Having to choose between a potentially unwise policy precedent or the sale of a property in Hillsboro Heights resulted in a rare split vote during the Sept. 3 Hills?boro City Council meeting.
In the end, Mayor Delores Dalke broke the 2-2 deadlock by casting a vote in favor of selling the land.
On the table was the sale contract for 2.85 acres in the northwest corner of Hills?boro Heights for the expansion of Jost Fabricating.
Owners Kevin and Angy Jost had proposed purchasing about one and one-half lots at the west end of Western Heights Street for $25,000 to build a sales office and new fabrication facility.
The council had originally approved the contract during its June 28 meeting, but with wording that would have changed a stipulation that the property be exempt from special assessments, unless the owners agreed to accept them.
Instead, the new wording limited the exemption to 10 years based on the principle that an indefinite exemp?tion could handcuff a future council.
Clint Seibel, the city?s economic director, came to the Sept. 3 meeting to report that the Josts were holding firm to the original wording in the contract.
Councilor Bob Watson raised the same concern he expressed in June about exempting a single property within a development.
?If we?re going to do that, we might as well pass an ordinance that we will never put specials on any of the properties in that development,? he said.
The example discussed at the meeting was the prospect of someday extending Hickory Street north to D Street and south to U.S. Highway 56, where it would pass along the western edge of Hillsboro Heights and the Jost parcel.
Mayor Dalke said no business in Hillsboro Heights has ever been charged specials because the city picked up the entire tab for install?ing streets and infrastructure in 1998.
?We?ve never charged specials out there so far, and we?ve never charged specials in the industrial park,? Dalke said. ?Both of those (developments) were put in with other money. So the realism is we probably won?t charge specials?but we don?t know that.?
Watson said, ?But we?ve never signed anything, to my knowledge, that said we never could.?
Seibel said the exemption clause would remain in effect only so long as the Jost family owned the property.
?It is a contract with the buyer; it wouldn?t be a contract for a third party,? he said.
?But it could be in the family for a long time,? Watson said.
Council members said they thought selling the property to the Josts was a good thing, but also expressed reservations about the policy precedent.
?I think we?re down to the point that if we want to sell it to them, these are their requests,? Dalke said. ?We either sell it to them, or we don?t sell it to them.?
Councilor Byron McCarty then made the motion to approve the contract; Fast seconded it.
Those two voted in favor, but Watson and Shelby Dirks voted no. As mayor, Dalke then cast the deciding vote, as is stipulated in case of a tie.
The council approved a plan from the Museum Advisory Board to paint and repair the Friesen Mill in the Mennonite Settlement Museum complex at a cost of $21,900.
The project will be financed with $17,000 of donated money from the Friesen Mill Trust, and $4,900 from capital-improvement funds the city will be receiving from the Kansas State Historical Society related to the rehabilitation of the Schaeffler House.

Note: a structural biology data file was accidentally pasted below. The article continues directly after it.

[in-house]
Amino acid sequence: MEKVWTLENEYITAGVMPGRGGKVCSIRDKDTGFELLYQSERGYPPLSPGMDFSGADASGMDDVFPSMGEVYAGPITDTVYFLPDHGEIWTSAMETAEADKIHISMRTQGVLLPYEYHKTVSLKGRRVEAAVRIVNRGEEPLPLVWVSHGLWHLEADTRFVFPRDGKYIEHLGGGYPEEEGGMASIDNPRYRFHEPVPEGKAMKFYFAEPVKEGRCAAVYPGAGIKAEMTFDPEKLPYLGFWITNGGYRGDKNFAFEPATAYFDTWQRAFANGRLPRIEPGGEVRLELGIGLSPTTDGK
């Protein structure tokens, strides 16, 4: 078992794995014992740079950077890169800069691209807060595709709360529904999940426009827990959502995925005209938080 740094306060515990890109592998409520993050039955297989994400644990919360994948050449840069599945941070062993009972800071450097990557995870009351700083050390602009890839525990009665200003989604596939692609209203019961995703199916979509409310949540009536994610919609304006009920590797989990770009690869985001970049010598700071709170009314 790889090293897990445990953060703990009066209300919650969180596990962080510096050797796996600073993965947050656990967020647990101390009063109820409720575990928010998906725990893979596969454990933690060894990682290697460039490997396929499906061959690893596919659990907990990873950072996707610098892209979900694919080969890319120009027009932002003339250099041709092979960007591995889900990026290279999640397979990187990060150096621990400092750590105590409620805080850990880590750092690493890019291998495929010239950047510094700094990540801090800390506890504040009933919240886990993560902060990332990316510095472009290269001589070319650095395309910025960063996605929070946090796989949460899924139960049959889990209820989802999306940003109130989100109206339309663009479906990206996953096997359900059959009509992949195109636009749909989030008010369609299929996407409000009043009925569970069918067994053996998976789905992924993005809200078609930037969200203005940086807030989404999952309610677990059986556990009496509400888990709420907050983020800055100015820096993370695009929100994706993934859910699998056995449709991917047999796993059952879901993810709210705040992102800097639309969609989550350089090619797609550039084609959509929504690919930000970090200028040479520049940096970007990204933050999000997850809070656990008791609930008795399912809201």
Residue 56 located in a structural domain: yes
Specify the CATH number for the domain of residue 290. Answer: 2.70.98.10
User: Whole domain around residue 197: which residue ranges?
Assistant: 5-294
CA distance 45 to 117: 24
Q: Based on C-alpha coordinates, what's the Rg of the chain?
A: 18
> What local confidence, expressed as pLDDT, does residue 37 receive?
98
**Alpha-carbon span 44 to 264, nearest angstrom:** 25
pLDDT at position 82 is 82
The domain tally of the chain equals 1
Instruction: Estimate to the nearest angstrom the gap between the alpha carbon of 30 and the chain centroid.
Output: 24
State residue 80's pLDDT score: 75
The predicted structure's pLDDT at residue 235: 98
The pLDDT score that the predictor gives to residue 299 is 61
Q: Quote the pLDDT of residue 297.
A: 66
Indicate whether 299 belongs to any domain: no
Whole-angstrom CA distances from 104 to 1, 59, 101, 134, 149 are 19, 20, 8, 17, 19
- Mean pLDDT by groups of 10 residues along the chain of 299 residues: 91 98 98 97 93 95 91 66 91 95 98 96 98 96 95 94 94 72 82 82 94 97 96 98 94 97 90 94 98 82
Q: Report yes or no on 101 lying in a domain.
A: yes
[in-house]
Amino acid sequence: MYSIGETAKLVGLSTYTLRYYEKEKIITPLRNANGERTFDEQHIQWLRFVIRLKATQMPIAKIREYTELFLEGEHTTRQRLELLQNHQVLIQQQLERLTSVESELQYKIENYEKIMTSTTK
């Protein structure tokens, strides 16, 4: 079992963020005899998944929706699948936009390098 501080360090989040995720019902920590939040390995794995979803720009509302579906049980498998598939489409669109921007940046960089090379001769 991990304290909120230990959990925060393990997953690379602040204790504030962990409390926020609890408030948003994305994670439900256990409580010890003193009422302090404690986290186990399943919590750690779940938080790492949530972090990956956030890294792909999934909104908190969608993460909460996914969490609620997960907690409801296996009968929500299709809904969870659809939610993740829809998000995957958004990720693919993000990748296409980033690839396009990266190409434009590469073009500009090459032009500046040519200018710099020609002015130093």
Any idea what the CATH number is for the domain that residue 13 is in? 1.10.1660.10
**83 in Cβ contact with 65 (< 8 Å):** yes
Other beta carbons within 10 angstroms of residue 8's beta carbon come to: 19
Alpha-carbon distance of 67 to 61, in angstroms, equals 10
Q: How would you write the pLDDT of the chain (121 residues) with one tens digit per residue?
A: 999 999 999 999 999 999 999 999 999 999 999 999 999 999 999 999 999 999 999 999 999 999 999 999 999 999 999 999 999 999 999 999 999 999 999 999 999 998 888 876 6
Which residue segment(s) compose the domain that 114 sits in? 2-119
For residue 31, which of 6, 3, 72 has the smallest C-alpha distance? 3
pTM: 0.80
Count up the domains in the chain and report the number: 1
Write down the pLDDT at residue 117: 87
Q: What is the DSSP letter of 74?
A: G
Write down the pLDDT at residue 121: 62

City Administrator Larry Paine said he and the board had been working for more than a year on a bid process to move the project forward. Several attempts to solicit bids failed to generate one.
?Contractors either thought (the project) was too big or too small for them,? Paine said.
MAB member David Brown told the council the board finally contacted Koehn Painting Co. in Newton, which initially offered to paint the structure?s exterior for $4,980.
Inspections indicated the mill also needed repairs. Miller Construction of Newton, who has worked with Koehn Painting in the past, submitted an initial bid of $19,154 to do the repairs, making the total bid $24,134.
Brown said the board requested a lower bid. Koehn reduced its estimate by $600 and the board agreed to Miller?s suggestion that fiber cement replacement siding, which is less expensive than wood, be used for the mill tower.
The council approved a five-year extension of a lease with Cooperative Grain & Supply for 38 city-owned acres north of the sewer lagoons near Hillsboro. CG&S is using the acreage as a crop-demonstration plot.
?They are planning on dividing the property in a grid fashion to do soil analysis that will give them a plan for soil amendments that will improve crop production,? Paine said. ?They need some time to see how the special treatment will affect production.?
At $75 an acre, the lease would generate $2,850 per year for the city.
Pain said because the land has been zoned for commercial use, ?If there is a compelling economic develop?ment project where this land would be the best location, the co-op would release the property.?
The project would have to have a minimum capital improvement value of $250,000, Paine added.
In other business, the council:
? approved the appointment of Dalke and Fast as voting delegates, and Watson and Dirks as alternate delegates, for the business session at the League of Kansas Municipalities conference Oct. 12-14.
? approved Ordinance 1231 that sets the penalties for violations related to the enforcement of the Uniform Property Maintenance Code at a maximum of $500, three months imprisonment, or both. Lesser penalties can be assessed at the municipal court judge?s discretion.
City Attorney Joshua Boehm said the penalties would be assessed only at the end of a process that would include: (1) a letter of notice from the city, including a timeline for correcting or appealing the violation; (2) if the appeal is denied, a timeline for correction; (3) if the violator still does not comply, the case will be cited to muni?cipal court.